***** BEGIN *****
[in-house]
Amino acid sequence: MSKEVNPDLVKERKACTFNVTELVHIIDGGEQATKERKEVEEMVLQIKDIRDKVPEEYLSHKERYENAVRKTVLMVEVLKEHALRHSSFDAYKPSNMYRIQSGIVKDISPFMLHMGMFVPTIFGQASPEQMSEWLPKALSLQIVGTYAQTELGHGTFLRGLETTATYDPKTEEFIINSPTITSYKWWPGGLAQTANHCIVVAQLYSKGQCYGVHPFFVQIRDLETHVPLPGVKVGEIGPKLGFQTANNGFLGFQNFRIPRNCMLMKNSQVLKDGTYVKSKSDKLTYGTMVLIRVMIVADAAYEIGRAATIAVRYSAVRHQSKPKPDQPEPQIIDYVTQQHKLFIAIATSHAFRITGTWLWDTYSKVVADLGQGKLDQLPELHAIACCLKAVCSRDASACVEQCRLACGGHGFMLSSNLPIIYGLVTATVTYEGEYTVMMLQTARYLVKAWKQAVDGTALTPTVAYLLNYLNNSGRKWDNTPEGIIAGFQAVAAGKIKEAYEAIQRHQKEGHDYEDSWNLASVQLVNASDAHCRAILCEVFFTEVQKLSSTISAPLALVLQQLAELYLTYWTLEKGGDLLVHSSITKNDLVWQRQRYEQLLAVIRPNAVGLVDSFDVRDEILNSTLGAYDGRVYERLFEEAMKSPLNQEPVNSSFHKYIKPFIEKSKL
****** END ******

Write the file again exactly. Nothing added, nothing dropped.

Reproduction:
[in-house]
Amino acid sequence: MSKEVNPDLVKERKACTFNVTELVHIIDGGEQATKERKEVEEMVLQIKDIRDKVPEEYLSHKERYENAVRKTVLMVEVLKEHALRHSSFDAYKPSNMYRIQSGIVKDISPFMLHMGMFVPTIFGQASPEQMSEWLPKALSLQIVGTYAQTELGHGTFLRGLETTATYDPKTEEFIINSPTITSYKWWPGGLAQTANHCIVVAQLYSKGQCYGVHPFFVQIRDLETHVPLPGVKVGEIGPKLGFQTANNGFLGFQNFRIPRNCMLMKNSQVLKDGTYVKSKSDKLTYGTMVLIRVMIVADAAYEIGRAATIAVRYSAVRHQSKPKPDQPEPQIIDYVTQQHKLFIAIATSHAFRITGTWLWDTYSKVVADLGQGKLDQLPELHAIACCLKAVCSRDASACVEQCRLACGGHGFMLSSNLPIIYGLVTATVTYEGEYTVMMLQTARYLVKAWKQAVDGTALTPTVAYLLNYLNNSGRKWDNTPEGIIAGFQAVAAGKIKEAYEAIQRHQKEGHDYEDSWNLASVQLVNASDAHCRAILCEVFFTEVQKLSSTISAPLALVLQQLAELYLTYWTLEKGGDLLVHSSITKNDLVWQRQRYEQLLAVIRPNAVGLVDSFDVRDEILNSTLGAYDGRVYERLFEEAMKSPLNQEPVNSSFHKYIKPFIEKSKL